In his role clearing the arrivals ramp, and in a later desk job, Vrba took mental note of the transports arriving, their origin, and estimated the numbers killed.
In early 1944 he learnt that the Nazis were preparing for arrival of Hungary’s entire Jewish population of around one million people, who were to be exterminated. Vrba had considered attempting escape from Auschwitz before, but now saw that it was now urgent. He felt the members of the organised resistance movement in Auschwitz were focused on their own survival, and not on provoking resistance from the people who arrived to be gassed.
Vrba worked with his friend Alfréd Wetzler to analyse previous unsuccessful escape attempts, and plan a successful one. Each daytime some prisoners worked outside the main camp fence, within an outer perimeter which was only guarded during the day. Vrba and Wetzler hid in a pile of wood, which they surrounded by strong-smelling petrol-soaked Russian tobacco, which they had learnt would deter sniffer dogs. When the Nazis discovered Vrba and Wetzler had failed to return to the camp they spent three days searching the area between the inner and outer perimeter. The search ended after the third day, and on the evening of 10 April 1944 Vrba and Wetzler escaped Auschwitz and began an 11 night walk south to Slovakia, 80 miles away.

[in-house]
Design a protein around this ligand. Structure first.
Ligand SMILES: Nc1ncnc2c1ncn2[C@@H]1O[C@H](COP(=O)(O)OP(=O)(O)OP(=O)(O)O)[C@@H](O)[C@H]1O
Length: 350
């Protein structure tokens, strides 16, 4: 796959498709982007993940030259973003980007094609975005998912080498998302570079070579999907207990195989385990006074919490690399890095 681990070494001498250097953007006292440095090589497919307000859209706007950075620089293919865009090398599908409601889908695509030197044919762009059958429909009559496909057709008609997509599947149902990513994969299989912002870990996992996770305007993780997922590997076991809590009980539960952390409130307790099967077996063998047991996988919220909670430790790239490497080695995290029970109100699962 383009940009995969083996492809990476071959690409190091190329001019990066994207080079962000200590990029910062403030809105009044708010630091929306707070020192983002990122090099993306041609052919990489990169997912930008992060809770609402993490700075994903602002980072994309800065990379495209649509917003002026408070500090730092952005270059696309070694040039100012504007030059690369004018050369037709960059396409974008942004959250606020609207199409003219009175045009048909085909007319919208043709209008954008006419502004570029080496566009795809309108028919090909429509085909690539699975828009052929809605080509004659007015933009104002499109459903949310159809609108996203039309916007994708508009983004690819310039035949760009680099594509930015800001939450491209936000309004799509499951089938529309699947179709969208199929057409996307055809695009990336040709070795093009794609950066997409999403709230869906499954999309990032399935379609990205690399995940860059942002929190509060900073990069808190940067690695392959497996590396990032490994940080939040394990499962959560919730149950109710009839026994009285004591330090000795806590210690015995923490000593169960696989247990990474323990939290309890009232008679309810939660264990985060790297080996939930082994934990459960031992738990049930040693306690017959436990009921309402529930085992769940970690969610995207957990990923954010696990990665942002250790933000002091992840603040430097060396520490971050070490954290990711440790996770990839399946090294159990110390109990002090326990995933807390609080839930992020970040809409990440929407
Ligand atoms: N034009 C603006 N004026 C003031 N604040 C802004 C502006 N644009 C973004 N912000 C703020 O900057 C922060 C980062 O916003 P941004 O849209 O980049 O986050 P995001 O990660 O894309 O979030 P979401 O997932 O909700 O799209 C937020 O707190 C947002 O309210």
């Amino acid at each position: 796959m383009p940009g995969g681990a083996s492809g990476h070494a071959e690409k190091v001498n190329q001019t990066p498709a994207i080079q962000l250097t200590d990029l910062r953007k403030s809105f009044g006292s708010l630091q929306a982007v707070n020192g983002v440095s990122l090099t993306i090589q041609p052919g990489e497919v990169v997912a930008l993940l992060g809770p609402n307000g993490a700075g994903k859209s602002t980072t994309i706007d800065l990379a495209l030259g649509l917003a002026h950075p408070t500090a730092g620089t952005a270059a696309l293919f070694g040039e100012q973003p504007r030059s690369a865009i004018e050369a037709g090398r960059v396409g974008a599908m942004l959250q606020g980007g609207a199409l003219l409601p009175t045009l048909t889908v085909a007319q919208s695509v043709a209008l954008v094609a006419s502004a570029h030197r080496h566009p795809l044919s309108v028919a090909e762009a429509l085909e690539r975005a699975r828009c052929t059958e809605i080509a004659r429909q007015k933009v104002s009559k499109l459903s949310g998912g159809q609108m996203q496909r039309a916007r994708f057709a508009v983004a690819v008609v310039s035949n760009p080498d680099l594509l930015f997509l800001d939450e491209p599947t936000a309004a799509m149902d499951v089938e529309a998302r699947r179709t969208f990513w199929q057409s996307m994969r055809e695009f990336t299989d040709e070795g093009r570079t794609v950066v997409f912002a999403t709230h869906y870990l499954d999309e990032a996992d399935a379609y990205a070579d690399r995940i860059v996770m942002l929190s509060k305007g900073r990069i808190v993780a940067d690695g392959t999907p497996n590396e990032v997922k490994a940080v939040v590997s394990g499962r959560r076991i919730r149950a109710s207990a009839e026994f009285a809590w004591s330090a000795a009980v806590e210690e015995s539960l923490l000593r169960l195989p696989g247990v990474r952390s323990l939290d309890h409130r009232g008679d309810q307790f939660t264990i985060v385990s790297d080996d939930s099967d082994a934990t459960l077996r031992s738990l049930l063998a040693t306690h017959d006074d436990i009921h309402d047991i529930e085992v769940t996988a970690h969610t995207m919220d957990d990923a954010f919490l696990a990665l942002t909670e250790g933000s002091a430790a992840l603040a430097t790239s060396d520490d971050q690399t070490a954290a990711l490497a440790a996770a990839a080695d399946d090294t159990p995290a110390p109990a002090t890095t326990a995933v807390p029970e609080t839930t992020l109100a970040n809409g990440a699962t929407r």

After crossing the border into Slovakia the pair quickly made contact with the local Jewish Council. They were separated and interviewed about their accounts of Auschwitz independently, so the two testimonies could be compared and verified. A report was then written and rewritten, and translated into German and Hungarian, becoming a 40 page document.